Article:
The Batman’s Grave #6 manages to improve and also take a step back all at once. We’re still getting some quality work here, but is it enough to keep you invested through the remainder of the run or will you opt to trade-wait to finish the series?
I’ve praised this book ever since it launched because Warren Ellis and Bryan Hitch have consistently delivered quality writing and art from the word “go.” Unfortunately, for some reason, the plot didn’t appear to be clicking or gelling very well as a cohesive story with a driving narrative, and despite the quality of each man’s craft, I wasn’t getting hooked. Last month’s issue appeared to – finally – sink that hook in, and that made me incredibly excited to read this chapter. I mean, we’ve got Batman and Jim Gordon trapped in Arkham with a group/ cult looking to kill them, and they apparently have ties to the recent murders that have taken place in Gotham. They’re so anxious to kill them that they actually murdered Flamingo to prevent him from talking, and with all eyes on our two protagonists, I found myself genuinely concerned as to whether or not Gordon would make it out alive.
Well… I have good news and bad news.
Good news first. This issue starts exactly how you want it to, with a good ol’ slobber-knocker. We’re still in Arkham and Batman and Gordon have to fight their way out of this mess. Once again, many kudos to Bryan Hitch for delivering stellar art here. The action is gritty and violent, but it’s also “choreographed” rather well, creating a strong pace and tension throughout the issue. Our heroes encounter numerous threats and I felt as though every turn of the corner would result in Gordon finding a knife in his gut. Honestly, it’s done so well, that it actually reminded me the prison fight in Daredevil season 3! That’s a high compliment right there.
Anyway, the action is fantastic, and the tension keeps building and building as the two find themselves facing more and more foes at once. Hitch isn’t the only person who deserves praise here though. Ellis does a great job of inserting relevant dialogue throughout action that plays into building tension, but he also provides strong characterization by playing into Batman’s strengths as a strategist. There’s also some fun banter between Batman and Gordon pertaining to the “no killing” rule.
Unfortunately, as great as all of this action is, right as it reaches the peak of its climax, the creative team kind of cops out and ends things rather abruptly. I mean, they literally set up a moment where I think, “How in the hell are they going to get past this?” And then throw a quippy line at us before inserting a time jump to later that night. Wait… What? Really?
I’ve been looking forward to this! I was all in with this fight, and now we’re just jumping ahead without any explanation as to how Batman and Gordon actually got out? It’s a total letdown. What makes matters worse is that I was also looking forward to this fight expecting to learn more about this group of villains, as well as what’s really going on in Gotham and why… But there’s nothing. It’s just a bunch of fighting before taking off in what appears to be yet another new direction.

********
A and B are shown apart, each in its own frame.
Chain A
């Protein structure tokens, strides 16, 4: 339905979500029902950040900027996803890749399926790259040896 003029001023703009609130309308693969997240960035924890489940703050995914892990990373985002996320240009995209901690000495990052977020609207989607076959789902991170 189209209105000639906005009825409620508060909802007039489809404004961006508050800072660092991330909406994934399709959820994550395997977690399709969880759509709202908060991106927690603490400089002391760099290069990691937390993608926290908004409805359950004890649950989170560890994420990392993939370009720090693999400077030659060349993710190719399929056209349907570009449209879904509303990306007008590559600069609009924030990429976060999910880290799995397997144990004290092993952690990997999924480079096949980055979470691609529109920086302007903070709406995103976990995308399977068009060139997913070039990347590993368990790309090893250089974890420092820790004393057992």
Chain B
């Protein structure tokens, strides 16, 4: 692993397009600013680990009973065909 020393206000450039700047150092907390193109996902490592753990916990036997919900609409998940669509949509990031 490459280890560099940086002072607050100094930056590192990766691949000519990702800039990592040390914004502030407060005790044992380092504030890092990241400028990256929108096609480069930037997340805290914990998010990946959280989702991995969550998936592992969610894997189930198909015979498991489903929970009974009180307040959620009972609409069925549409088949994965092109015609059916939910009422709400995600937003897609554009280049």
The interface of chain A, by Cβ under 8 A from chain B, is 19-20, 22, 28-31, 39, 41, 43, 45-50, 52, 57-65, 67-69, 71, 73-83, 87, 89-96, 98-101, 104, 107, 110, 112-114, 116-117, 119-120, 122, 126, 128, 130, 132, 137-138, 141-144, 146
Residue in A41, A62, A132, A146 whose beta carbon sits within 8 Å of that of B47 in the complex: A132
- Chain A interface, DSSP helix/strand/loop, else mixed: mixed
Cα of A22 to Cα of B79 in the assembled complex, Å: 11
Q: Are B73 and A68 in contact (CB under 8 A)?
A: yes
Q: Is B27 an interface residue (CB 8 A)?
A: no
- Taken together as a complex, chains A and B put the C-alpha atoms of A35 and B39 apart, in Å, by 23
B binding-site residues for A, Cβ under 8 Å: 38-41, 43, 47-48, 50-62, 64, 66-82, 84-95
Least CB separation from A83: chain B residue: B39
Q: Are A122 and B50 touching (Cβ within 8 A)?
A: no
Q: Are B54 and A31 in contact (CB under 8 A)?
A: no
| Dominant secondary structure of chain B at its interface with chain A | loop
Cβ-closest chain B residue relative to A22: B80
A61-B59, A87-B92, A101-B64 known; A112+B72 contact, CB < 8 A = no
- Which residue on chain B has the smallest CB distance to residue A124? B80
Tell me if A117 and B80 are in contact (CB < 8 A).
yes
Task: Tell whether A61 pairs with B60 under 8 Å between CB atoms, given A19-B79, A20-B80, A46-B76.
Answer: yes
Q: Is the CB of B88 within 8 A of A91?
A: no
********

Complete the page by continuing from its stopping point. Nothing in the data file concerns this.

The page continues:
And that brings me to the “bad.” Right as The Batman’s Grave appears to be building upon itself to help drive the plot, it immediately reverts back to its old ways by shifting the focus. This book has needed traction badly for the last few issues, so this is rather disappointing. I just feel like we keep acknowledging plot threads that are made out to be key, and then do nothing with them. I feel like I’m chasing rabbits.
That being said, the remainder of the book is quite good. The “new direction” the book decides to take involves an inmate breaking out of Arkham, and without giving too much away, I’ll say that I’m curious to see the creep factor this villain has under Ellis and Hitch. We also get some great conversations between Gordon and Batman, as well as Bruce and Alfred. I especially loved the Bruce and Alfred exchange because it’s ultimately one of those moments that reminds you of how multifaceted Alfred really is, and that he too, much like Bruce, experienced quite a bit of darkness during his days as a young adult. I think we tend to forget that Alfred is a man that has witnessed and experienced war, and that alone is probably a large reason why he supports Bruce’s mission without hesitation.
Thankfully, the book manages to redeem itself even more by the end with some great detective work. Yes, you read that correctly… Detective work. Say it again, slower and louder, but in a sexy voice. “Detective work.”
If you’re newer to Batman comics, you might be scratching your head as to why I’m so excited about this, but many of us “old-school” Bat-fans miss the days where we would get to witness Batman work cases, connect the dots, and develop a story for the scene of the crime. We get that here, and after years of wishing for more detective work, we get a damn good dose of it! And once again, I have to lavish praise on Ellis and Hitch for taking the time to focus on the details rather than just blowing through a plot. I know I just complained about plot progression and pacing, but I do think you can still incorporate details such as this while also maintaining a tight, plot-driven narrative.
- Bryan Hitch’s art alone is worth your time and money.
- You like solid, well-planned action.
- You’ve been waiting for a Batman book to feature quality detective work.
The Batman’s Grave #6 does many things well – as expected – but also takes a few steps back by not taking advantage of the momentum that was set up in the previous issue. The book does, however, deliver some incredible action, nice character beats, and gives us some much-needed detective work that’s been void of Batman books for quite some time now! But what else would you expect from the superstar team of Warren Ellis and Bryan Hitch?